‘In memoriam’ by Alfred Tennyson is a collection of poems that he has written over 17 years, missing his friend Arthur Henry Hallam. The poem evoked sympathy and empathy for readers by faithfully expressing the scepticism which is beyond control. He expressed the deep anxiety that had placed the belief of his contemporaries. The popular success of ‘In memoriam’ is evidence that Victorians’ unconscious scepticism of religion. The readers in the Victorian era accepted his poem because In memoriam seemed to reaffirm the belief that facts from Darwin’s theory of evolution eventually did not undermine the essence of the Christian faith. It also does not show the anxiety from science, giving comfort to people who were in the spiritual chaos and darkness of the Victorian era. The process of mourning in this poem express as a process of reaffirming Victorians faith and confirming their belief in God’s existence, while shows willingness to escape from the world of scepticism and darkness. In memoriam is the response to the anxiety of Victorians. It is the confession of scepticism and faith, in which the poet accurately record his religious changes in the face of death. Christians have believed for 200 years that scientific research in the natural world supports their faith. However, In the Victorian era, even if God’s plan existed, It seemed to be nothing more than a brutal, cruel and wasteful plan. Nature, like Tennyson’s intense expression, was “red in tooth and claw'(Tennyson, 80) to the Victorians. The scientific evidence that people have relied on is fundamentally questioned, the Victorians have to “And faintly trust the larger hope’ (Tennyson, 55). Comparing with convinced scientific knowledge, religious beliefs seemed vague and empty. The untenable religious truth seemed fruitless and frail. When he lost faith in God, he feels that “I falter where I firm trod’ (Tennyson, 79). He cannot receive consolation from this nature. Nature only give the Victorians hopeless. However, he breaks away from the world of darkness and scepticism and experiences peace in the world of faith. He is honest with him with the eyes of truth. When he pursues truth with all his heart and soul, the light of truth appears in the poet’s heart. At this moment, he reaches the point of absolute peace in a firm belief in God. After his friend’s death, he meditates on human condition for 17 years. In other words, he continues to meditate on human life and death, the soul and body, the moment and eternity, and theism and atheism. It leads to the belief in the existence of God that human knowledge and reason cannot be explained. He starts with scepticism and finally gets the answer by convincing God of his infinite love and the eternal youth of humans.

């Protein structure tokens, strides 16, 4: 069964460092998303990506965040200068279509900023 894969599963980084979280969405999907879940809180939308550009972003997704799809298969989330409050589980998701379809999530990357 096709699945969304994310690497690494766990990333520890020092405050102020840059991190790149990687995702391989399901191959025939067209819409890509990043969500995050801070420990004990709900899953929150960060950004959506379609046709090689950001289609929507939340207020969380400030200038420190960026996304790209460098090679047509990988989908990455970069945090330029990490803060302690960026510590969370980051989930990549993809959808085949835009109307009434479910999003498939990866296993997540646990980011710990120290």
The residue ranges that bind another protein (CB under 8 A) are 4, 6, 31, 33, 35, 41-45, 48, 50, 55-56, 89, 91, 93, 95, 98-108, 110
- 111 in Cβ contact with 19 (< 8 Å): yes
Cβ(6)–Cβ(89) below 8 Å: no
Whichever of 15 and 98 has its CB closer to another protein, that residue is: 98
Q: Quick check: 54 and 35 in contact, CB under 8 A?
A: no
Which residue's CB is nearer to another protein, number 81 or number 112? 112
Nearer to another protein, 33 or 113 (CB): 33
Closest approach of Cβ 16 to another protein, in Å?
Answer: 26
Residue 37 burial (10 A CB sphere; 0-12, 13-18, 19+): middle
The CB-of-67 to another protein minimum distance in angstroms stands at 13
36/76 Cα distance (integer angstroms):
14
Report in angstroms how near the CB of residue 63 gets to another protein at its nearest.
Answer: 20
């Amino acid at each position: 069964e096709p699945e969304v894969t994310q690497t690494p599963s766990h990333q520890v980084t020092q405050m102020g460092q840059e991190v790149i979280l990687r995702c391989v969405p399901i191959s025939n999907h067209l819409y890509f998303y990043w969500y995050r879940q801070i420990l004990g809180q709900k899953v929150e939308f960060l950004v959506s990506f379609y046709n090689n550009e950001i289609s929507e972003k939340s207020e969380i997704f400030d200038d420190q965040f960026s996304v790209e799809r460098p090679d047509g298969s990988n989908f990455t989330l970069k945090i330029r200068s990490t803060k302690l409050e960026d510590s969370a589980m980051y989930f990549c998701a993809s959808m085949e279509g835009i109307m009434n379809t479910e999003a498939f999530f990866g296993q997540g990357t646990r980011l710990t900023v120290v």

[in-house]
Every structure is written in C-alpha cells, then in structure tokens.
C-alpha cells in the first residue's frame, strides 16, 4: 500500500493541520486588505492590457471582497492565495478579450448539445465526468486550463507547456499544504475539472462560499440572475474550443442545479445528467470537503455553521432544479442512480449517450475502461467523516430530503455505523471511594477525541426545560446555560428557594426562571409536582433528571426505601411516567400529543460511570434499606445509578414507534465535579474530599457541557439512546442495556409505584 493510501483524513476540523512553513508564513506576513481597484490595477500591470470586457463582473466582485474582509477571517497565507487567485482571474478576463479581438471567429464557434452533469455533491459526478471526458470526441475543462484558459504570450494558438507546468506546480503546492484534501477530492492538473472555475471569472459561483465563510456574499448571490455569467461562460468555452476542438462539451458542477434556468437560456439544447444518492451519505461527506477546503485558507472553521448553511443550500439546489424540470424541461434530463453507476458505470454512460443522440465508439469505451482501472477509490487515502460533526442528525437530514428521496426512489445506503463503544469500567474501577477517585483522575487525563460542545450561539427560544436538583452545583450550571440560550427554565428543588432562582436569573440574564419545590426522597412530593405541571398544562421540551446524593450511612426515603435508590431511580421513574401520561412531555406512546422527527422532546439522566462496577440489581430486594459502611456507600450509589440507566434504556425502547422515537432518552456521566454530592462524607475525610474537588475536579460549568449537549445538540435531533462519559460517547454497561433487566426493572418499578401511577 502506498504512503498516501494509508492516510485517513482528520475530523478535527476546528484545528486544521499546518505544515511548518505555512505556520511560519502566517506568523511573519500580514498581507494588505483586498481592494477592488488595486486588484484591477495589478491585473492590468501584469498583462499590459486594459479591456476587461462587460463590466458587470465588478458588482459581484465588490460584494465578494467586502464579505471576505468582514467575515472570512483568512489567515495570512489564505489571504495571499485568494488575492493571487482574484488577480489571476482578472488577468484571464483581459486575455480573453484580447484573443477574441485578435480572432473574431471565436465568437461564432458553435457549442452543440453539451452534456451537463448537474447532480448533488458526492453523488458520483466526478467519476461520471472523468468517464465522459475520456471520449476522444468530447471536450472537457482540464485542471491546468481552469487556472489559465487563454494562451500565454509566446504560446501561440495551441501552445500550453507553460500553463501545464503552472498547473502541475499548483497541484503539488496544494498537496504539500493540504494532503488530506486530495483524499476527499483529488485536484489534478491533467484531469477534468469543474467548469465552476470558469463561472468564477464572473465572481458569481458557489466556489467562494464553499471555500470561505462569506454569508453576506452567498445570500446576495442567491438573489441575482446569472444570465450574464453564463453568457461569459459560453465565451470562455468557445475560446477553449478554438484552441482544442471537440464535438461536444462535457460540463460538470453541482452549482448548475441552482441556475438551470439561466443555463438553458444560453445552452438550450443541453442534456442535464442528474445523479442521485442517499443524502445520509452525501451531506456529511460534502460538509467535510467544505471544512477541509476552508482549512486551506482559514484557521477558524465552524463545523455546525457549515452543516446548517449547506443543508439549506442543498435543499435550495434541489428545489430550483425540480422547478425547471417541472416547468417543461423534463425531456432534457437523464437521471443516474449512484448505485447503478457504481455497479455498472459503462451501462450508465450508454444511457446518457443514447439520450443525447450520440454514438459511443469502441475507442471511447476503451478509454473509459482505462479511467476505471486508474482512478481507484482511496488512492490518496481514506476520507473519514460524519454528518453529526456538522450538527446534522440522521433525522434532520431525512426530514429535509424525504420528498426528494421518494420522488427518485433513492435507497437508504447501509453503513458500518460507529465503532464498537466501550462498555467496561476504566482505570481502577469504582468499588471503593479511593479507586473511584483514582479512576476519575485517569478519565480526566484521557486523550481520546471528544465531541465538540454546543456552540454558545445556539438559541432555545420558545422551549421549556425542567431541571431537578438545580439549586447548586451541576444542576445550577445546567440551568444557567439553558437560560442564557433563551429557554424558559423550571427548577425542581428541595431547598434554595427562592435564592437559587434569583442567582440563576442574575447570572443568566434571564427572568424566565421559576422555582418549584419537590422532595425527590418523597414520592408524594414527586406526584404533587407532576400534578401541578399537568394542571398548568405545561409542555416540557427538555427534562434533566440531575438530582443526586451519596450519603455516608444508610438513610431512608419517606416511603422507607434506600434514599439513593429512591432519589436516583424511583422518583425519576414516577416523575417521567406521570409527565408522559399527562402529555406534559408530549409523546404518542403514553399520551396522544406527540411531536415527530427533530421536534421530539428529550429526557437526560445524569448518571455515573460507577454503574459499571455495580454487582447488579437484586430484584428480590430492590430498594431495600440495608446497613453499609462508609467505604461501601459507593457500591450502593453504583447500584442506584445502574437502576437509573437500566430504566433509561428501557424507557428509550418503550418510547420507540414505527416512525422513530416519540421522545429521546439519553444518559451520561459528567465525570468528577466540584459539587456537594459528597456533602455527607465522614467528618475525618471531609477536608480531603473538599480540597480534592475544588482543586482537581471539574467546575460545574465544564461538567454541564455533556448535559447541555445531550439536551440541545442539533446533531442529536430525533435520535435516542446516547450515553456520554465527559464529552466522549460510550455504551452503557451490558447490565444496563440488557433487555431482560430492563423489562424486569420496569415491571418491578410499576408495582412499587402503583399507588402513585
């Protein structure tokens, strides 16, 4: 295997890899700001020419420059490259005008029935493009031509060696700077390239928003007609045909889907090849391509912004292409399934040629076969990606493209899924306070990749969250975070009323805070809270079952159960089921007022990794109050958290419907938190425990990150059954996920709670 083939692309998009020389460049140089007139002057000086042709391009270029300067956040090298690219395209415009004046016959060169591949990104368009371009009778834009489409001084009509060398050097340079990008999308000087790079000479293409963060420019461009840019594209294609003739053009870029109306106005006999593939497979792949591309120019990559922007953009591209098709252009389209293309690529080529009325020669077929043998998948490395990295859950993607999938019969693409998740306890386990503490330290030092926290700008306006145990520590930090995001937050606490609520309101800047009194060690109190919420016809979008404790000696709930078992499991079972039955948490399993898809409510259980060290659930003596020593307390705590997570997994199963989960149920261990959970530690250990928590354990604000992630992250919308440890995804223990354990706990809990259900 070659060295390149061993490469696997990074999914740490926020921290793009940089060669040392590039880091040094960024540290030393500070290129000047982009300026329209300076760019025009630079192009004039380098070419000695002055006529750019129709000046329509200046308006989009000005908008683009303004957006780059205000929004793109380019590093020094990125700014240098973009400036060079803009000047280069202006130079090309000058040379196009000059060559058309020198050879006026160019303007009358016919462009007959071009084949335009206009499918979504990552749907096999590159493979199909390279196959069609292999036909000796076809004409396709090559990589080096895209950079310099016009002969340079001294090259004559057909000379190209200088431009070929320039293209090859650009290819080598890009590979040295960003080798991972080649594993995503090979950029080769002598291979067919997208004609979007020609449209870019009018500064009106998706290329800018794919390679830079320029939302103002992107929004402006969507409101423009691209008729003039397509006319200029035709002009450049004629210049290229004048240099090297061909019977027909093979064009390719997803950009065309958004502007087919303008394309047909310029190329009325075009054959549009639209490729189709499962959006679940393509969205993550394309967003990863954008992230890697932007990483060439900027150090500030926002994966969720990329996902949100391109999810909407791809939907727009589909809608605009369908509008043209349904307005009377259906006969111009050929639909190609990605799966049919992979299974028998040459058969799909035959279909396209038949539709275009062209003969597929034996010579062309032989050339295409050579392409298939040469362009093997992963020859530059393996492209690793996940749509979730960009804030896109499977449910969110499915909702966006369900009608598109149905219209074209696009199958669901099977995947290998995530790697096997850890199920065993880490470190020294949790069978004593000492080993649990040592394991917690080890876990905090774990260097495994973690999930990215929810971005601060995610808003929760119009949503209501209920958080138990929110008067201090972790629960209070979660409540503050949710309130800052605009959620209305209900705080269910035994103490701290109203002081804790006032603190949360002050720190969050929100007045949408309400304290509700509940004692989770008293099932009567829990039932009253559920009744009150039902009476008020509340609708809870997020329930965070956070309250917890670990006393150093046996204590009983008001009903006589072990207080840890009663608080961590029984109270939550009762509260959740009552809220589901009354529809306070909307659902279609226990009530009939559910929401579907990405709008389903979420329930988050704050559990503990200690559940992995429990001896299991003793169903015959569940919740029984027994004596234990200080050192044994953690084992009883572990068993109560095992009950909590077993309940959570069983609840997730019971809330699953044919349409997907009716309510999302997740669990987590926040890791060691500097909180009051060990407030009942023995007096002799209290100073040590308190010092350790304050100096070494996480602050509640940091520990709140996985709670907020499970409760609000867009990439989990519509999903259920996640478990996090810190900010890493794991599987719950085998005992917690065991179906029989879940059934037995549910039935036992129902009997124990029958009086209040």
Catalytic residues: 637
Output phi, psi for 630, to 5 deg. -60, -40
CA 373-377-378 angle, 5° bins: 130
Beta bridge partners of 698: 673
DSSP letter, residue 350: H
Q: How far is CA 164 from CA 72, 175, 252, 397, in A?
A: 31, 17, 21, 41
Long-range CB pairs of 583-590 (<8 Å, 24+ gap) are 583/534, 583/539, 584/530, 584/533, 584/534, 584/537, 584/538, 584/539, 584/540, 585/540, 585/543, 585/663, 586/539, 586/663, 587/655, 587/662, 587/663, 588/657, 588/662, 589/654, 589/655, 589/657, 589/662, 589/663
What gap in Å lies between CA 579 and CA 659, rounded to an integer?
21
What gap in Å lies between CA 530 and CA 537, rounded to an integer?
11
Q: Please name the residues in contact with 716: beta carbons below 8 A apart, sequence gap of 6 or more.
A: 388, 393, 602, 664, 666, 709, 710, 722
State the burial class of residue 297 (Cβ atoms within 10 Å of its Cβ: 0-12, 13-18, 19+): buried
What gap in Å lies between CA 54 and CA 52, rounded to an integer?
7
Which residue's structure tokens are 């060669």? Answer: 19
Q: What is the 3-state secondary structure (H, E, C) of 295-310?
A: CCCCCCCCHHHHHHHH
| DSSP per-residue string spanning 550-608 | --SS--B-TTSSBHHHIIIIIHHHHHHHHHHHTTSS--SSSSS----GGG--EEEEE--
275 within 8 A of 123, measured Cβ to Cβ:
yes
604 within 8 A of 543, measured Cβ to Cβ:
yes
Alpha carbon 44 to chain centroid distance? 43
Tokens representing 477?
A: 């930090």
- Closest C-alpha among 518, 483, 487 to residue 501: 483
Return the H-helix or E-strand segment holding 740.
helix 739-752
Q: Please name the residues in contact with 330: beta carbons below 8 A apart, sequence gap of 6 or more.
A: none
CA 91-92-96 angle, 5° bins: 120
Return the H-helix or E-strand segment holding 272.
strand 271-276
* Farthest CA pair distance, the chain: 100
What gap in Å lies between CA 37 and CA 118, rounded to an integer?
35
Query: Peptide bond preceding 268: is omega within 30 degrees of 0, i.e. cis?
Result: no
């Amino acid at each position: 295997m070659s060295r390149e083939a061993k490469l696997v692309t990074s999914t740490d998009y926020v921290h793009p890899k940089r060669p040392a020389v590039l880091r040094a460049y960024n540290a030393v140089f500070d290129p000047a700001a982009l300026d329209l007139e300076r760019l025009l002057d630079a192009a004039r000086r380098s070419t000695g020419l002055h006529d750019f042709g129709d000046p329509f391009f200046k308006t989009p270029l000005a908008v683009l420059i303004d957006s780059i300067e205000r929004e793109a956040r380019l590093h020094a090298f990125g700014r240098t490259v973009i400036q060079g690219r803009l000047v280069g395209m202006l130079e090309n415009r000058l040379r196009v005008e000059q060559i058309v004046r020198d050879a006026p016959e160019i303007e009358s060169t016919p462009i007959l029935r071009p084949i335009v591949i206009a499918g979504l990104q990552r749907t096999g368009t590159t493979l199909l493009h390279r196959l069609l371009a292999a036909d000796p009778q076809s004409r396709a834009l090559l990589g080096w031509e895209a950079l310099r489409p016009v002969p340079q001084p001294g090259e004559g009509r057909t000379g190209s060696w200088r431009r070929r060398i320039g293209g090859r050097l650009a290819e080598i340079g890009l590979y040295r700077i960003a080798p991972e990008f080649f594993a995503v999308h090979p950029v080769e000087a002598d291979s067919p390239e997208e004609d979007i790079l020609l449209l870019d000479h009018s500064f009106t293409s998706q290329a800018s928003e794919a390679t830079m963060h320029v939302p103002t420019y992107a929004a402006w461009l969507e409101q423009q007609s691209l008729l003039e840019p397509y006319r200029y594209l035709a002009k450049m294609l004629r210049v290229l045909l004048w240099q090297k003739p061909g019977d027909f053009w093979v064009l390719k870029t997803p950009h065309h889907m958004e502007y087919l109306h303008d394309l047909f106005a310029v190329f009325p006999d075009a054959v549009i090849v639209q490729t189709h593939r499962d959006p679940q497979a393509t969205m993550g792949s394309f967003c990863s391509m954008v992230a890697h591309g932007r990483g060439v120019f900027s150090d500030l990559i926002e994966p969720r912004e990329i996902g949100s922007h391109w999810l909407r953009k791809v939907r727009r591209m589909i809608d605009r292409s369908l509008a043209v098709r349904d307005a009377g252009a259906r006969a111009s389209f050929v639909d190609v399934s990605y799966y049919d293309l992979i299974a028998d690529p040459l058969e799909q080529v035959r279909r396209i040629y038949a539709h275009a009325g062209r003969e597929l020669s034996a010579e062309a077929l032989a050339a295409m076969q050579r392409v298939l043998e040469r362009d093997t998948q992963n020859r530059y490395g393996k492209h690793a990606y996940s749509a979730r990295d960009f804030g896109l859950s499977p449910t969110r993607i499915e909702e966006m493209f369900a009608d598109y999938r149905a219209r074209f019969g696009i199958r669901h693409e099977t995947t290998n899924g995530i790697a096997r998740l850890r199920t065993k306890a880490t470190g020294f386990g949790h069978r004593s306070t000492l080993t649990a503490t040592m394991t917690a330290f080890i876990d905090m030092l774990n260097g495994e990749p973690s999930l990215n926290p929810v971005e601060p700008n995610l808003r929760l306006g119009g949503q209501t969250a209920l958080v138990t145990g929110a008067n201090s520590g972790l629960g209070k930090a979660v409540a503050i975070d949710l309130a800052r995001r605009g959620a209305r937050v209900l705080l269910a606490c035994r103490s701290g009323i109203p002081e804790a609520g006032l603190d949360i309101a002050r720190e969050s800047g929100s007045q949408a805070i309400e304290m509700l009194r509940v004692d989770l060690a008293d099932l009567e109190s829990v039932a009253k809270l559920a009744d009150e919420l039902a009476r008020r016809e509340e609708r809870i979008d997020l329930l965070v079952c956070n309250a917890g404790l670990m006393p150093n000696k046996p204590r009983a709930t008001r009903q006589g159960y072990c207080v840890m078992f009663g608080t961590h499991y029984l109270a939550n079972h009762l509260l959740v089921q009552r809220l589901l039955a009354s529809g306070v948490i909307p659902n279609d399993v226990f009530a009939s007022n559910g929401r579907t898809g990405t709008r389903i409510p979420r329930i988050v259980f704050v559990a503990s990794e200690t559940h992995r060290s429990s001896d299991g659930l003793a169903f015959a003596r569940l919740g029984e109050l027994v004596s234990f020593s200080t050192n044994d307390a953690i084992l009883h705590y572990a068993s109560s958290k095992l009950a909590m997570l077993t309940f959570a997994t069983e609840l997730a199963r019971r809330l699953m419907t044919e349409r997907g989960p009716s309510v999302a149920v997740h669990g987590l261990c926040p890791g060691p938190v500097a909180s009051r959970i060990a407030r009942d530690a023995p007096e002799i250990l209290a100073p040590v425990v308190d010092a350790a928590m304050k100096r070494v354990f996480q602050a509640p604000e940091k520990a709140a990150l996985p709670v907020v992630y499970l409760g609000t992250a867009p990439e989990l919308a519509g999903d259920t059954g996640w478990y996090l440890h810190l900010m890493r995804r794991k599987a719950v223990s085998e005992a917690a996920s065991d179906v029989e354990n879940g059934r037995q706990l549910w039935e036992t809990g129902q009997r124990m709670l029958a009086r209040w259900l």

‘In memoriam’ is a psychological path to overcoming despair by a personal reflection on the meaning of death. Besides, as the phycological pathway overcomes its scepticism and despair, he embraces this process as a belief in God. This process of overcoming does not mean attempt to solve problems in the Victorian era. It is a response of the Victorian era’s anxiety. He finds hope for the Victorians in his struggle. The hope that he finds is about faith in God. After all, he accepts that human life coexists with joy and sorrow, good and evil, life and death, and religion and science. In this aspect, In memoriam is not merely a loss of friendship from the death, but rather an immortal lover who was able to empathise with anyone by believing in the care of God and the immortality of his soul. ‘In memoriam’ does not stay at the level of the poet’s emotion, but instead looks at how despair and scepticism about religion are overcome in the Victorian era.